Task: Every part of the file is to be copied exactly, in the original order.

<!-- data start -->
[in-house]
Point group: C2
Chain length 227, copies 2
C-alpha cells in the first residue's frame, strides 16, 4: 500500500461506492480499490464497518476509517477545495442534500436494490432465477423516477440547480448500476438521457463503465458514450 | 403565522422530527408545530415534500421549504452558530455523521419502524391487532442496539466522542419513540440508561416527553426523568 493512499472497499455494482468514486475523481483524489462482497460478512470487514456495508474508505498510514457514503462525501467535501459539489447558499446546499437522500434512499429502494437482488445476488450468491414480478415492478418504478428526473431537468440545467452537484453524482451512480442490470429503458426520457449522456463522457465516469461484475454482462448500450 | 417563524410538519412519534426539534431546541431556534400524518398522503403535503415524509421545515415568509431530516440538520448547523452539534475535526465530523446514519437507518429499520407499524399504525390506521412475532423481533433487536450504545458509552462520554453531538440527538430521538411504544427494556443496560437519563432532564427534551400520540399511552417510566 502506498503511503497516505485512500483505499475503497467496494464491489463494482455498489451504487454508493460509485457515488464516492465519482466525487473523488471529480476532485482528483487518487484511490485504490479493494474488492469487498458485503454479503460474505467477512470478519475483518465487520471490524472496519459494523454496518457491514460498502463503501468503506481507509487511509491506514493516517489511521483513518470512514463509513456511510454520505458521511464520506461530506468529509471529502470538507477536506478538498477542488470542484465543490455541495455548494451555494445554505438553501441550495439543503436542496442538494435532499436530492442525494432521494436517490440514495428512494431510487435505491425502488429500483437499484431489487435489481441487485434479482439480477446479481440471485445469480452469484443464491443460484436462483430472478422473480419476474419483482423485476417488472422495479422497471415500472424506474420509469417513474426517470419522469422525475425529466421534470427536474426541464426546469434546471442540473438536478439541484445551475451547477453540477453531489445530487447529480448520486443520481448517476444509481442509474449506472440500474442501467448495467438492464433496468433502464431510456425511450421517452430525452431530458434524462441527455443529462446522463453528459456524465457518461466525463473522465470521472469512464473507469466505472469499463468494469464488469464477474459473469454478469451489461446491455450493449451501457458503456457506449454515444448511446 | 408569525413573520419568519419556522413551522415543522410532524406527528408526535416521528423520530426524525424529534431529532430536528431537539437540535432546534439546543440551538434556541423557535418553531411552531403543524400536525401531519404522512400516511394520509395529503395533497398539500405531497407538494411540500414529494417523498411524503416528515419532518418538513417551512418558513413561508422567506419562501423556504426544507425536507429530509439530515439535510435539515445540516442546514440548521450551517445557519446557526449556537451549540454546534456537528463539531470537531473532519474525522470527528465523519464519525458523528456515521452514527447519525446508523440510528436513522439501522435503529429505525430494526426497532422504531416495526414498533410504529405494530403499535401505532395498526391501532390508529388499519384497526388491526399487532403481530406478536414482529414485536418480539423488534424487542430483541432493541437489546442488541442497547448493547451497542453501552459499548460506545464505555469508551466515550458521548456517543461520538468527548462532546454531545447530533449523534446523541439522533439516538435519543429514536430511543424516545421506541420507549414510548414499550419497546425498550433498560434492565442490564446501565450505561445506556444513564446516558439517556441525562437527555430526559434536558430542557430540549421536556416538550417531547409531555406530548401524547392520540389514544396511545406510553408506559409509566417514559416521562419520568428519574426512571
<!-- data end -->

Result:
[in-house]
Point group: C2
Chain length 227, copies 2
C-alpha cells in the first residue's frame, strides 16, 4: 500500500461506492480499490464497518476509517477545495442534500436494490432465477423516477440547480448500476438521457463503465458514450 | 403565522422530527408545530415534500421549504452558530455523521419502524391487532442496539466522542419513540440508561416527553426523568 493512499472497499455494482468514486475523481483524489462482497460478512470487514456495508474508505498510514457514503462525501467535501459539489447558499446546499437522500434512499429502494437482488445476488450468491414480478415492478418504478428526473431537468440545467452537484453524482451512480442490470429503458426520457449522456463522457465516469461484475454482462448500450 | 417563524410538519412519534426539534431546541431556534400524518398522503403535503415524509421545515415568509431530516440538520448547523452539534475535526465530523446514519437507518429499520407499524399504525390506521412475532423481533433487536450504545458509552462520554453531538440527538430521538411504544427494556443496560437519563432532564427534551400520540399511552417510566 502506498503511503497516505485512500483505499475503497467496494464491489463494482455498489451504487454508493460509485457515488464516492465519482466525487473523488471529480476532485482528483487518487484511490485504490479493494474488492469487498458485503454479503460474505467477512470478519475483518465487520471490524472496519459494523454496518457491514460498502463503501468503506481507509487511509491506514493516517489511521483513518470512514463509513456511510454520505458521511464520506461530506468529509471529502470538507477536506478538498477542488470542484465543490455541495455548494451555494445554505438553501441550495439543503436542496442538494435532499436530492442525494432521494436517490440514495428512494431510487435505491425502488429500483437499484431489487435489481441487485434479482439480477446479481440471485445469480452469484443464491443460484436462483430472478422473480419476474419483482423485476417488472422495479422497471415500472424506474420509469417513474426517470419522469422525475425529466421534470427536474426541464426546469434546471442540473438536478439541484445551475451547477453540477453531489445530487447529480448520486443520481448517476444509481442509474449506472440500474442501467448495467438492464433496468433502464431510456425511450421517452430525452431530458434524462441527455443529462446522463453528459456524465457518461466525463473522465470521472469512464473507469466505472469499463468494469464488469464477474459473469454478469451489461446491455450493449451501457458503456457506449454515444448511446 | 408569525413573520419568519419556522413551522415543522410532524406527528408526535416521528423520530426524525424529534431529532430536528431537539437540535432546534439546543440551538434556541423557535418553531411552531403543524400536525401531519404522512400516511394520509395529503395533497398539500405531497407538494411540500414529494417523498411524503416528515419532518418538513417551512418558513413561508422567506419562501423556504426544507425536507429530509439530515439535510435539515445540516442546514440548521450551517445557519446557526449556537451549540454546534456537528463539531470537531473532519474525522470527528465523519464519525458523528456515521452514527447519525446508523440510528436513522439501522435503529429505525430494526426497532422504531416495526414498533410504529405494530403499535401505532395498526391501532390508529388499519384497526388491526399487532403481530406478536414482529414485536418480539423488534424487542430483541432493541437489546442488541442497547448493547451497542453501552459499548460506545464505555469508551466515550458521548456517543461520538468527548462532546454531545447530533449523534446523541439522533439516538435519543429514536430511543424516545421506541420507549414510548414499550419497546425498550433498560434492565442490564446501565450505561445506556444513564446516558439517556441525562437527555430526559434536558430542557430540549421536556416538550417531547409531555406530548401524547392520540389514544396511545406510553408506559409509566417514559416521562419520568428519574426512571